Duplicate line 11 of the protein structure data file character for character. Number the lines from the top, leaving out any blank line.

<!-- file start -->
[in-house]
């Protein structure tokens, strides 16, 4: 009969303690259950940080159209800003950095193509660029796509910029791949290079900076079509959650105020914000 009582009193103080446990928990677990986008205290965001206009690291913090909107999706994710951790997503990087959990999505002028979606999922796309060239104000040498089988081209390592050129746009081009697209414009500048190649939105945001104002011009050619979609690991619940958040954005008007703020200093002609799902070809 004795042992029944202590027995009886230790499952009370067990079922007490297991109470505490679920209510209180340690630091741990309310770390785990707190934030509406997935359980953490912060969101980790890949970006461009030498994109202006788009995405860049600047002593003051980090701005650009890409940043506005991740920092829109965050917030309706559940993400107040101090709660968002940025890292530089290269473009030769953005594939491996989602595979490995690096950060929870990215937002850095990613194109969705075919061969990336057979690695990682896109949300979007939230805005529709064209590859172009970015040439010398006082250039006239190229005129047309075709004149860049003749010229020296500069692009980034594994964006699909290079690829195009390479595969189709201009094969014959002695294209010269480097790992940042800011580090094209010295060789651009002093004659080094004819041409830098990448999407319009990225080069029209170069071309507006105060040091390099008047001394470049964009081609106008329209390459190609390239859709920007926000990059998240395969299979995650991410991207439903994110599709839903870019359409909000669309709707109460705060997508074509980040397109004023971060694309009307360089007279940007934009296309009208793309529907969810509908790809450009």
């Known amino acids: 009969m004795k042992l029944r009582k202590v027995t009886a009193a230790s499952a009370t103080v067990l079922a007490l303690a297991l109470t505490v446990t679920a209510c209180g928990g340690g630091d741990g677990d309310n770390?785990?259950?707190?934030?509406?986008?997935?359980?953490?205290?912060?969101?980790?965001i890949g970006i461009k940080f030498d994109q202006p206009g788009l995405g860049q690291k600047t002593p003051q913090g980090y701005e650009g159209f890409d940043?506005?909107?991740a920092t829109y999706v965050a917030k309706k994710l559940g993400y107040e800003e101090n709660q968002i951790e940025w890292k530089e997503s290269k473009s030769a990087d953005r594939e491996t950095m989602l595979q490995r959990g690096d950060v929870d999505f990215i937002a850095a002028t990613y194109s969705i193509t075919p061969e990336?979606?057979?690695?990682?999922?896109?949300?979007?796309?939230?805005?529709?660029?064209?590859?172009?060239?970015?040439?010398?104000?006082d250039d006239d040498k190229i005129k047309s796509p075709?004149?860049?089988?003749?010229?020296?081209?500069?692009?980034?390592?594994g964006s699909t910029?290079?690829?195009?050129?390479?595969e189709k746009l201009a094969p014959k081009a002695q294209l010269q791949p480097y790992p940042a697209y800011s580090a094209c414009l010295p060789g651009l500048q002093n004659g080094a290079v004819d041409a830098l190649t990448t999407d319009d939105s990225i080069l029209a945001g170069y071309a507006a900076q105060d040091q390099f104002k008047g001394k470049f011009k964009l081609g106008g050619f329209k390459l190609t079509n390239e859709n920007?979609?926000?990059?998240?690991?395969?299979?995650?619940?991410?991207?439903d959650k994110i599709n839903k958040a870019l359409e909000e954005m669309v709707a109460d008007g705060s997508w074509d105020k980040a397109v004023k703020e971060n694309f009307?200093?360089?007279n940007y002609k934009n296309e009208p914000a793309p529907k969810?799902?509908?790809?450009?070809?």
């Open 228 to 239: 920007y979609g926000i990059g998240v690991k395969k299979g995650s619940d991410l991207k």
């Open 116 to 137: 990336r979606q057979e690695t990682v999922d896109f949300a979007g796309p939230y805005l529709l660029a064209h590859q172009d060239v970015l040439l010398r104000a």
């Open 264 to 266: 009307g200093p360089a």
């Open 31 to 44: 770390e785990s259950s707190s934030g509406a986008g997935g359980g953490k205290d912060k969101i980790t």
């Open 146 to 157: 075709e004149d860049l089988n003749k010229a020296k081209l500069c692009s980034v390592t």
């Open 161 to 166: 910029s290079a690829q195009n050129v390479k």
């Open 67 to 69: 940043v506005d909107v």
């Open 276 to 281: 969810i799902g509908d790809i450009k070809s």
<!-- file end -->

């Open 276 to 281: 969810i799902g509908d790809i450009k070809s």